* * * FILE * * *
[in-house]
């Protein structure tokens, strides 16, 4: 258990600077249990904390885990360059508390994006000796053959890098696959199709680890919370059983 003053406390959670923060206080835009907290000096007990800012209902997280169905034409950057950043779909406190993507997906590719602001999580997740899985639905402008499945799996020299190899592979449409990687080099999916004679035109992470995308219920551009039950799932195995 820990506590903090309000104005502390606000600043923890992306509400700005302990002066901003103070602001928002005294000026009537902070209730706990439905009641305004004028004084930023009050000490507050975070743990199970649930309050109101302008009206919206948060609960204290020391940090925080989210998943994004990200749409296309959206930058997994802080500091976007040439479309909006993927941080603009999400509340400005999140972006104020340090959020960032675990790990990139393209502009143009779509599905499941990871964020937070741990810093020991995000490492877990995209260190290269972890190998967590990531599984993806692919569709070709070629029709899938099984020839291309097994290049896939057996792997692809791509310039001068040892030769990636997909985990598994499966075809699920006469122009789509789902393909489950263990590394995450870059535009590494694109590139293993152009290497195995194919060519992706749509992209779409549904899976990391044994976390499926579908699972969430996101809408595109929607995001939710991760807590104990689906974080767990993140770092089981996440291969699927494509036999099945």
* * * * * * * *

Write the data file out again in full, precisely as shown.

[in-house]
């Protein structure tokens, strides 16, 4: 258990600077249990904390885990360059508390994006000796053959890098696959199709680890919370059983 003053406390959670923060206080835009907290000096007990800012209902997280169905034409950057950043779909406190993507997906590719602001999580997740899985639905402008499945799996020299190899592979449409990687080099999916004679035109992470995308219920551009039950799932195995 820990506590903090309000104005502390606000600043923890992306509400700005302990002066901003103070602001928002005294000026009537902070209730706990439905009641305004004028004084930023009050000490507050975070743990199970649930309050109101302008009206919206948060609960204290020391940090925080989210998943994004990200749409296309959206930058997994802080500091976007040439479309909006993927941080603009999400509340400005999140972006104020340090959020960032675990790990990139393209502009143009779509599905499941990871964020937070741990810093020991995000490492877990995209260190290269972890190998967590990531599984993806692919569709070709070629029709899938099984020839291309097994290049896939057996792997692809791509310039001068040892030769990636997909985990598994499966075809699920006469122009789509789902393909489950263990590394995450870059535009590494694109590139293993152009290497195995194919060519992706749509992209779409549904899976990391044994976390499926579908699972969430996101809408595109929607995001939710991760807590104990689906974080767990993140770092089981996440291969699927494509036999099945």